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    4. Maybe he plans on finishing the year at #1, the greatest season ever in tennis history and then retire immediately. No more doping control, no chance of ever getting caught and ending his career on a high (literally). Then it will be Borg all over again: how many GS's could he have achieved if he hadn't retired so young blah blah blah.

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    5. Having skipped AO and also Wimbledon (in effect) it may be that this year Nadal can sustain his form until the YEC. There will be a break at some point but only he and his team know when this will be.

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  6. I don't remotely see how this rule change will help anything, primarily for the reasons noted above by t_k. Namely, what happens if the player can't get the tournament director? What can the tournament director say? What does it mean that the ADO should "try to offer the player an opportunity to speak to the event supervisor or referee?" What if the ADO does not "try" hard enough? How long can this whole process take?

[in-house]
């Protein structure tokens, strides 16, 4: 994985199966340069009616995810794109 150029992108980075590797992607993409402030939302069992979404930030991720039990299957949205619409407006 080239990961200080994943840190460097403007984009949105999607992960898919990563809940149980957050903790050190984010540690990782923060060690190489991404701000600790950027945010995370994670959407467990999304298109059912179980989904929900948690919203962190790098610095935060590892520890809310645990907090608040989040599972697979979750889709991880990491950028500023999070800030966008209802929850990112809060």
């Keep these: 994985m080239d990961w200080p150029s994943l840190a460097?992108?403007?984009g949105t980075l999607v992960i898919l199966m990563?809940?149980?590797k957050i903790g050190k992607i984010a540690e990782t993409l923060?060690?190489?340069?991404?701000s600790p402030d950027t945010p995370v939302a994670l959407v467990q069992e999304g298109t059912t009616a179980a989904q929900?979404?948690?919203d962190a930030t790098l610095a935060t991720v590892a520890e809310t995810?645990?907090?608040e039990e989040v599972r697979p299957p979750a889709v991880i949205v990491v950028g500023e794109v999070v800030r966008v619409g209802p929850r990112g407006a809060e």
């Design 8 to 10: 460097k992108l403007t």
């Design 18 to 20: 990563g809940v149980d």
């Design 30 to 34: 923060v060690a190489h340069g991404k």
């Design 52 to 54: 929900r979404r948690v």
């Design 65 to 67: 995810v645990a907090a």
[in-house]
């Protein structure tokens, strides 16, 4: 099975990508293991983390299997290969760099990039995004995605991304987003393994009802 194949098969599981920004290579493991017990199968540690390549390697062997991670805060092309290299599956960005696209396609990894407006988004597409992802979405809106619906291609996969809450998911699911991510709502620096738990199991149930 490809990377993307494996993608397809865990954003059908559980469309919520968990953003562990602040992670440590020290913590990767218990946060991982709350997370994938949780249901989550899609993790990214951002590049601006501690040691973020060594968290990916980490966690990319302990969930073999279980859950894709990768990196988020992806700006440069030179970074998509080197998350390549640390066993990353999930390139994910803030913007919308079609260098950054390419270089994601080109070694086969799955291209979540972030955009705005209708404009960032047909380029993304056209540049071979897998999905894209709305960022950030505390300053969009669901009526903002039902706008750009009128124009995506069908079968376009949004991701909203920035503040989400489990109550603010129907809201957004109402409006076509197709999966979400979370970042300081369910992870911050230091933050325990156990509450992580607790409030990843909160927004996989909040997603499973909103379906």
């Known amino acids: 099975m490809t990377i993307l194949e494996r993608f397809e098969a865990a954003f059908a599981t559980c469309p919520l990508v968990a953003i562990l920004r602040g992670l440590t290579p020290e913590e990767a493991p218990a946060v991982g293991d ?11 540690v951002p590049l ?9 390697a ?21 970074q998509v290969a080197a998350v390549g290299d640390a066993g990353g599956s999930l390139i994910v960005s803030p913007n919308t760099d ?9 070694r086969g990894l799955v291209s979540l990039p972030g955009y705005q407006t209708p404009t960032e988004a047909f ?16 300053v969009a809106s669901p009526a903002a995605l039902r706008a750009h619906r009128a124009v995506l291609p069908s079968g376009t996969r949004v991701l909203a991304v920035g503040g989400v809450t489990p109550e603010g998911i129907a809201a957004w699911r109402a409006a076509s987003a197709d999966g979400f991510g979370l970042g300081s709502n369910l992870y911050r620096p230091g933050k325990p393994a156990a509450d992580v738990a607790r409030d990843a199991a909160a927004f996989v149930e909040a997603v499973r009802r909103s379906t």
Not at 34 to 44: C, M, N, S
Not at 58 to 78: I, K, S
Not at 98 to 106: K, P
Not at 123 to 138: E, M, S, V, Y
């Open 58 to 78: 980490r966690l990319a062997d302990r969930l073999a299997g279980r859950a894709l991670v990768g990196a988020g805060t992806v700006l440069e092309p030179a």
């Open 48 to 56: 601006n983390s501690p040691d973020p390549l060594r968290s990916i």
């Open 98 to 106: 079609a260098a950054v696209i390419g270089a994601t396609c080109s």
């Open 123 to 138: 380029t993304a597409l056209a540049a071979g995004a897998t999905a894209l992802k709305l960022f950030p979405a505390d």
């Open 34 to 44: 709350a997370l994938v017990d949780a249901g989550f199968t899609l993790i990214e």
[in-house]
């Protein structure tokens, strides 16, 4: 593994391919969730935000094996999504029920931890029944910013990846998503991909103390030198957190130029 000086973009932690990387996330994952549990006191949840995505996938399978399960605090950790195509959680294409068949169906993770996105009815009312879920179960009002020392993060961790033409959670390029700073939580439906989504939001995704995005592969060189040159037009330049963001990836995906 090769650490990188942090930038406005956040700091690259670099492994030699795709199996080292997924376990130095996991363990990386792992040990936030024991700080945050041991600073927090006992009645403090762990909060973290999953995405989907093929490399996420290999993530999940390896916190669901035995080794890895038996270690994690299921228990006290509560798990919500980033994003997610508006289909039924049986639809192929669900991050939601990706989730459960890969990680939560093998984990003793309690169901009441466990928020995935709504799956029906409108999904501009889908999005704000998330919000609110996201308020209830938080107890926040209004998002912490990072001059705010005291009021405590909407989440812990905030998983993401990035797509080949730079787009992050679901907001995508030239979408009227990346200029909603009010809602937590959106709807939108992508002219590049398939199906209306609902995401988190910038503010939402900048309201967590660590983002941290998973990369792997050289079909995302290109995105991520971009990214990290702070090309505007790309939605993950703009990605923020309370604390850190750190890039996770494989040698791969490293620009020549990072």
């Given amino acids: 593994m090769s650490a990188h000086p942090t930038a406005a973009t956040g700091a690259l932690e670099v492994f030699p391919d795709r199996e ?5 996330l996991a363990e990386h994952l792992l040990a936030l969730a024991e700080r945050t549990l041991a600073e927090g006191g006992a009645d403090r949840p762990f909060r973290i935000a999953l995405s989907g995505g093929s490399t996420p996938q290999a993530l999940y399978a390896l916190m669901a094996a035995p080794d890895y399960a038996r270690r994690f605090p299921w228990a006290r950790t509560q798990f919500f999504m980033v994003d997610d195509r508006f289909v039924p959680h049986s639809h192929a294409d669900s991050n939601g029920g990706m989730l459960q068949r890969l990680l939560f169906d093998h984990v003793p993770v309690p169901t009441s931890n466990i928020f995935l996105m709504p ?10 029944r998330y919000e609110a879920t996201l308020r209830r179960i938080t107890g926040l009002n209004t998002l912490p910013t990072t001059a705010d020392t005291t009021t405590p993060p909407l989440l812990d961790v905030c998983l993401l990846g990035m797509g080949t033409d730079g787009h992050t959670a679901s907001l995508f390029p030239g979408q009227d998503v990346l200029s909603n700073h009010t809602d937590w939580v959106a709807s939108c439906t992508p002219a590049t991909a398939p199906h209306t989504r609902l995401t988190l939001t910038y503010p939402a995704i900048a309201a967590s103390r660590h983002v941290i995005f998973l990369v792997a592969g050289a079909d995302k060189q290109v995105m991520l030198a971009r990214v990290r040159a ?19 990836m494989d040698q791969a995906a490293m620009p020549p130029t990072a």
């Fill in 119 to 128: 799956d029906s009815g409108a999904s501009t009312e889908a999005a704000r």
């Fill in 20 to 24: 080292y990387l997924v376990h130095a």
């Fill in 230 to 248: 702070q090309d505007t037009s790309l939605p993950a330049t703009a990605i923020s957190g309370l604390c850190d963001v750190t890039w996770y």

The proposed change will only allow for more confusion to an already confusing situation.

    First of all, a missed test does NOT always result in a ban. A player can provide a valid reason for missing a test. One such valid reason was found in the case of Troy Dumais who doping control located in the emergency room for kidney stones. He was medically unable to provide a urine sample as requested. He was not subject to discipline. (http://sportsillustrated.cnn.com/2011/writers/nick_zaccardi/08/23/Olympic-Drug-Testing/index.html)

    The problem is that any tournament director may misinterpret this or attempt to apply his own logic --- "Well, we know you don't have to provide a sample if you can't urinate because of kidney stones, that is pretty much the same thing as being afraid of needles." Then what does the player think? Is any such advice from the director valid or exculpatory?